CONTINUE WHILE THE TRANSPORTATION NETWORK OPERATOR
TRANSPORTS THE PASSENGER IN THE TRANSPORTATION NETWORK OPERATOR'S
MOTOR VEHICLE; AND
END WHEN THE PASSENGER EXITS THE TRANSPORTATION
NETWORK OPERATOR'S MOTOR VEHICLE.
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(2)
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(3)
10.5-103.
(A)
AN
INDIVIDUAL MAY SUBMIT AN APPLICATION TO A TRANSPORTATION
NETWORK COMPANY FOR REGISTRATION AS A TRANSPORTATION NETWORK
OPERATOR.
(B)
BEFORE APPROVING AN APPLICATION SUBMITTED UNDER SUBSECTION
(A) OF THIS SECTION, A TRANSPORTATION NETWORK COMPANY SHALL:
(1)
CONDUCT, OR HAVE A THIRD PARTY CONDUCT, A LOCAL AND
NATIONAL CRIMINAL HISTORY RECORDS CHECK FOR EACH APPLICANT USING THE
FOLLOWING DATABASES:
A MULTISTATE OR MULTIJURISDICTIONAL CRIMINAL
RECORDS LOCATOR OR OTHER SIMILAR COMMERCIAL NATIONWIDE DATABASE WITH
VALIDATION THAT USES A PRIMARY SOURCE SEARCH; AND
(II)
AND
A NATIONAL SEX OFFENDER PUBLIC REGISTRY DATABASE;
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(2)
APPLICANT.
OBTAIN AND REVIEW A DRIVING RECORD CHECK FOR EACH
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(C)
A
TRANSPORTATION NETWORK COMPANY MAY NOT APPROVE AN
APPLICATION SUBMITTED UNDER SUBSECTION (A) OF THIS SECTION FOR AN
APPLICANT WHO:
(1)
AS SHOWN IN THE CRIMINAL HISTORY RECORDS CHECK
REQUIRED UNDER SUBSECTION (B)(I) OF THIS SECTION, WITHIN THE PAST
7
YEARS
HAS BEEN CONVICTED OF:
(I)
LAW ARTICLE;
(II) SEXUAL ABUSE UNDER TITLE 3, SUBTITLE 3 OF THE
CRIMINAL LAW ARTICLE;
(III)
LAW ARTICLE; OR
ROBBERY UNDER TITLE 4, SUBTITLE 3 OF THE CRIMINAL
A CRIME OF VIOLENCE UNDER
§
14-101 OF THE CRIMINAL
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(IV) FRAUD THAT IS PUNISHABLE AS A FELONY UNDER TITLE
8
OF THE CRIMINAL
LAw
ARTICLE;
(2)
AS SHOWN IN THE DRIVING RECORD CHECK REQUIRED UNDER
SUBSECTION (B)(2) OF THIS SECTION, WITHIN THE PAST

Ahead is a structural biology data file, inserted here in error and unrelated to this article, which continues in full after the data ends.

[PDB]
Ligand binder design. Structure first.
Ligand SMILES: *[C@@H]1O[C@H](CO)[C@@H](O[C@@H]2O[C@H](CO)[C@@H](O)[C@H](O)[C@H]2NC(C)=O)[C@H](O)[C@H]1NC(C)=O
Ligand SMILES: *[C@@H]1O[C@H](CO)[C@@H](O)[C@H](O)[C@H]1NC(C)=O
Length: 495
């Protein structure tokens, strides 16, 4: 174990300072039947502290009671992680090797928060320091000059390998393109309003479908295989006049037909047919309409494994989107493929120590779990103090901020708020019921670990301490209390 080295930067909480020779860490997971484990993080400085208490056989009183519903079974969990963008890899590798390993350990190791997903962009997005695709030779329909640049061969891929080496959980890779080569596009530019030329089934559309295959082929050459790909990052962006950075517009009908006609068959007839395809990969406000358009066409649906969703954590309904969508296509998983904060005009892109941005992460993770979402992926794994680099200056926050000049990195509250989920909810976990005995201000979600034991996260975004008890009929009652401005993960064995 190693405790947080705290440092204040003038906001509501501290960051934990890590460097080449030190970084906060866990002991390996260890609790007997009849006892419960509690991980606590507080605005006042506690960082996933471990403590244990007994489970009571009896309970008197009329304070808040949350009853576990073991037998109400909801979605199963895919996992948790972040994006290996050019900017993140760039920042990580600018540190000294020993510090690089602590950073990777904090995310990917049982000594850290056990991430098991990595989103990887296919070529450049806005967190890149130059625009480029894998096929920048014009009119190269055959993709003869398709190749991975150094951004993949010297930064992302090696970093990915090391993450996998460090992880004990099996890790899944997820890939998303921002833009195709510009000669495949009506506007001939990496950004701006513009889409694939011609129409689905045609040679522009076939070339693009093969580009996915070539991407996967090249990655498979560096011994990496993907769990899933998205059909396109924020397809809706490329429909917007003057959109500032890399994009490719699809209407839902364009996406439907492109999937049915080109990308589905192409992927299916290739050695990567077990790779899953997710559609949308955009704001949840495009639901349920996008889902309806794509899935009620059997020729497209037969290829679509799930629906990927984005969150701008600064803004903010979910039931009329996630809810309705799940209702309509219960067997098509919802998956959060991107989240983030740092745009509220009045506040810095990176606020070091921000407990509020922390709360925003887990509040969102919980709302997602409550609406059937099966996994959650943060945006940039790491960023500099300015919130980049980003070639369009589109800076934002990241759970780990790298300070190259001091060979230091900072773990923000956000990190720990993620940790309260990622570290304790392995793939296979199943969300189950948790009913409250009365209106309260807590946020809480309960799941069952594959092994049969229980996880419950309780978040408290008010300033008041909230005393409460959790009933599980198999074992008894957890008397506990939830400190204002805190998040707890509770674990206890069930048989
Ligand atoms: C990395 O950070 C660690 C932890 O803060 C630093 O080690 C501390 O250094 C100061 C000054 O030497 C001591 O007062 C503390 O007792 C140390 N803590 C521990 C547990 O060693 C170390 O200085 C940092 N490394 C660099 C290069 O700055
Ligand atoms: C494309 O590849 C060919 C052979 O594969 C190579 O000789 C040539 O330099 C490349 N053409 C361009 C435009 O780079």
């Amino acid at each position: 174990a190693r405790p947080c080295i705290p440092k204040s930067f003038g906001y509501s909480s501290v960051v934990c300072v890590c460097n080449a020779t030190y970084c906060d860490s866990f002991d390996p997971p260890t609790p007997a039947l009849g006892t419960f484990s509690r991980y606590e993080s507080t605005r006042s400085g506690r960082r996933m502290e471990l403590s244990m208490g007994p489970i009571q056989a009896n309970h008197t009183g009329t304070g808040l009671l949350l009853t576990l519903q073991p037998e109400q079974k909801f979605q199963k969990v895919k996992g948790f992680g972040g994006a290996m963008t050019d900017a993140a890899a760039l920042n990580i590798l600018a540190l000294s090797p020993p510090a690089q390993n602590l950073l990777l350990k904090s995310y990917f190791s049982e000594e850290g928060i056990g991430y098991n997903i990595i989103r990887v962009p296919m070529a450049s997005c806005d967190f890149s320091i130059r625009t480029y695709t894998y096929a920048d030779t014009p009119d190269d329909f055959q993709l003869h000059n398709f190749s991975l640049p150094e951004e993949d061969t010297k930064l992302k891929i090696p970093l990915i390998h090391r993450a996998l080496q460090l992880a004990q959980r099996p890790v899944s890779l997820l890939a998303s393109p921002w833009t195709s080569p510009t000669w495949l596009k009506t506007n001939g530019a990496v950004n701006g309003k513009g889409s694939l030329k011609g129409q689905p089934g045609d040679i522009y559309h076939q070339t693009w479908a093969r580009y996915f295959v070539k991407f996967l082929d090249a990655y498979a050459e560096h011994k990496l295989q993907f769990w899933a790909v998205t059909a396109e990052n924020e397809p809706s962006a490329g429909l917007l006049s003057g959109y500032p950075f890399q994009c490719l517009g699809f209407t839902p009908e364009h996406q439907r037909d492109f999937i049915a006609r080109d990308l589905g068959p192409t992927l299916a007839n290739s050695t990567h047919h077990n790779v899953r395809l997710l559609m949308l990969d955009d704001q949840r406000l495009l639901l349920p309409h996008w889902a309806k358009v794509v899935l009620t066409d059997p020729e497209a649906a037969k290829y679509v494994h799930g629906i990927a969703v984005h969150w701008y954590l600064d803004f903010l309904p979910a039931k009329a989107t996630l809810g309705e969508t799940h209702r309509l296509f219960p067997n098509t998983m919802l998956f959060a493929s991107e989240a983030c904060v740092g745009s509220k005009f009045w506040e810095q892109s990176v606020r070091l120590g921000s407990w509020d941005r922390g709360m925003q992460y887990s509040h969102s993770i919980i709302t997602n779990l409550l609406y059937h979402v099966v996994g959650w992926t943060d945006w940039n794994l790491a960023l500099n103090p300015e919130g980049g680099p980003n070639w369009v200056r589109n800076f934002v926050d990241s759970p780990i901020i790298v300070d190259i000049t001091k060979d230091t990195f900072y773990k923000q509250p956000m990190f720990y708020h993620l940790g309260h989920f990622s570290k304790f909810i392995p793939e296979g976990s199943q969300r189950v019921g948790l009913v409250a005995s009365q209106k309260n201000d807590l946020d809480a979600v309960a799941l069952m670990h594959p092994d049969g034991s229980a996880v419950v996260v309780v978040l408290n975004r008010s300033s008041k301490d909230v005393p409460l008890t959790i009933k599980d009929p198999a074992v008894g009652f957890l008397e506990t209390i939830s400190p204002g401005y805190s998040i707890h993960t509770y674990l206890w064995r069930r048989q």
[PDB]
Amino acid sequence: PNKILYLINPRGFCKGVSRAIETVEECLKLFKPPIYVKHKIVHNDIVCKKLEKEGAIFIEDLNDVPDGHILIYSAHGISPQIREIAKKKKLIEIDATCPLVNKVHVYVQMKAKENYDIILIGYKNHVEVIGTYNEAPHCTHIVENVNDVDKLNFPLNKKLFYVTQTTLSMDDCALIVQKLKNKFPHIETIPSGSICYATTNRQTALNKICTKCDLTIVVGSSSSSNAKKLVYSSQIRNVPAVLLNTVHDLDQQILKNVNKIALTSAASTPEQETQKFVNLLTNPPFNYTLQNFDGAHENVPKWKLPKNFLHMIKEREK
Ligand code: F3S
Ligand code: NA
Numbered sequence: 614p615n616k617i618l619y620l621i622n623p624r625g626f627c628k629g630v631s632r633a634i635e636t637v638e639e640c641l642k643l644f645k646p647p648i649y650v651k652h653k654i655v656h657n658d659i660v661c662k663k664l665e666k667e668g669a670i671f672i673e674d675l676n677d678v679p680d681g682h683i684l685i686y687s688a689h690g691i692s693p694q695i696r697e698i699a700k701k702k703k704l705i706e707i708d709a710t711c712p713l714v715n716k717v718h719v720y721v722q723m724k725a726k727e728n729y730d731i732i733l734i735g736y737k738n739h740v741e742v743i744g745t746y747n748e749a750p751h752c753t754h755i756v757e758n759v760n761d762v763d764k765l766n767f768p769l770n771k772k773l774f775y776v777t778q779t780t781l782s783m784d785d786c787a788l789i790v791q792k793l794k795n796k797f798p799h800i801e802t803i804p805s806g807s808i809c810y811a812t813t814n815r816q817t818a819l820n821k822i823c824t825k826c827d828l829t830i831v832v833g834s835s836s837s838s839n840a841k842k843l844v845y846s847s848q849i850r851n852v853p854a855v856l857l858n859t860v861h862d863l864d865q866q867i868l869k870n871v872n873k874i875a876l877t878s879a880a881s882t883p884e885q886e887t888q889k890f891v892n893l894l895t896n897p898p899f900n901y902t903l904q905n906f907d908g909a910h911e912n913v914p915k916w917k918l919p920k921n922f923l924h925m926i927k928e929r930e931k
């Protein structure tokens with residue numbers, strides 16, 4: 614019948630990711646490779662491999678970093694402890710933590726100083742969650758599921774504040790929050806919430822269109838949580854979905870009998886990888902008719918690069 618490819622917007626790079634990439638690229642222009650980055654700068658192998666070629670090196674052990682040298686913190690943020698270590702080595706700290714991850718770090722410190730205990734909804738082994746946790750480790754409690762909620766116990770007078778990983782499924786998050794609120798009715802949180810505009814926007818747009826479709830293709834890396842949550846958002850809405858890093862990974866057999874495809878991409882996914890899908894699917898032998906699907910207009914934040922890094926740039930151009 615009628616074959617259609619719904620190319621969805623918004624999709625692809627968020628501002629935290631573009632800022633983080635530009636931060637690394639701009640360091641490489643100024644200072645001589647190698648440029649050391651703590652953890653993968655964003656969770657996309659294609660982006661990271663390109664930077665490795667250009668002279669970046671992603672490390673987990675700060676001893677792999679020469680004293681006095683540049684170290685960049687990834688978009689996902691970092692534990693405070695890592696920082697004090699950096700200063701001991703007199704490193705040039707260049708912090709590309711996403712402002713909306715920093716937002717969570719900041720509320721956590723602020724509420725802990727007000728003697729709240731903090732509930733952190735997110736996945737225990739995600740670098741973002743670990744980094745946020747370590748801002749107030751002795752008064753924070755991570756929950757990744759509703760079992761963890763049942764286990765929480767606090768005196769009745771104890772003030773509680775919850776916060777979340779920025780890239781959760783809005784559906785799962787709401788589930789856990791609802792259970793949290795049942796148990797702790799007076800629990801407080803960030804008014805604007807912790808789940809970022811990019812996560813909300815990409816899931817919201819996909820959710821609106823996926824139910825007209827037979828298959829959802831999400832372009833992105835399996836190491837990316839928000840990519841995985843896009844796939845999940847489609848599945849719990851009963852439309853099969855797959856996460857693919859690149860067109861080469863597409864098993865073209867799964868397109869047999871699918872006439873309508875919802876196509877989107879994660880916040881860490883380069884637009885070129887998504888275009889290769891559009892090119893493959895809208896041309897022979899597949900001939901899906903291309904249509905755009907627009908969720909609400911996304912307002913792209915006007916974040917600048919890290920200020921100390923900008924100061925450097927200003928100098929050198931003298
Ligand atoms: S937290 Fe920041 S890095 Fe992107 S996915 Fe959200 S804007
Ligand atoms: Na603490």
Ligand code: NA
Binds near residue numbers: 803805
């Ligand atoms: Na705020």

7
YEARS HAS BEEN
CONVICTED OF:
(I)
DRIVING UNDER THE INFLUENCE OF DRUGS OR ALCOHOL
UNDER
§
21-902 OF THE TRANSPORTATION ARTICLE;
(II) FAILURE TO REMAIN AT THE SCENE OF AN ACCIDENT UNDER
TITLE 20 OF THE TRANSPORTATION ARTICLE; OR
(III) FLEEING OR ELUDING THE POLICE UNDER
§
21-904 OF THE
TRANSPORTATION ARTICLE; OR
(3)
AS SHOWN IN THE DRIVING RECORD CHECK REQUIRED UNDER
SUBSECTION (B)(2) OF THIS SECTION, WITHIN THE PAST 3 YEARS HAS BEEN
CONVICTED OF:
(I)
DRIVING WITH A SUSPENDED OR REVOKED LICENSE UNDER
§
16-303 OF THE TRANSPORTATION ARTICLE; OR
(II) RECKLESS
TRANSPORTATION ARTICLE.
DRIVING
UNDER
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§
21-901.1
OF
THE
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10.5-104.
A
TRANSPORTATION NETWORK OPERATOR SHALL:
(1)
POSSESS:
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(I)
A VALID DRIVER'S LICENSE;
(II)
PROOF OF REGISTRATION FOR THE MOTOR VEHICLE THAT
IS USED FOR TRANSPORTATION NETWORK SERVICES; AND
(III) PROOF OF INSURANCE FOR THE MOTOR VEHICLE THAT IS
USED FOR TRANSPORTATION NETWORK SERVICES; AND
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(2)
BE AT LEAST
21
YEARS OLD.
10.5-105.
(A)
A
TRANSPORTATION NETWORK COMPANY SHALL:
(1)
REGISTER WITH THE COMMISSION;
CREATE AN APPLICATION PROCESS FOR INDIVIDUALS TO APPLY
FOR REGISTRATION ASA TRANSPORTATION NETWORK OPERATOR UNDER
§ 10.5-103
OF THIS TITLE;
MAINTAIN A CURRENT REGISTRY OF THE TRANSPORTATION
NETWORK COMPANY'S TRANSPORTATION NETWORK OPERATORS;
(4)
SUBMIT PROOF TO THE COMMISSION THAT THE COMPANY:
(I)
IS REGISTERED TO DO BUSINESS IN THE STATE; AND
(2)
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(3)
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(II) MAINTAINS A WEB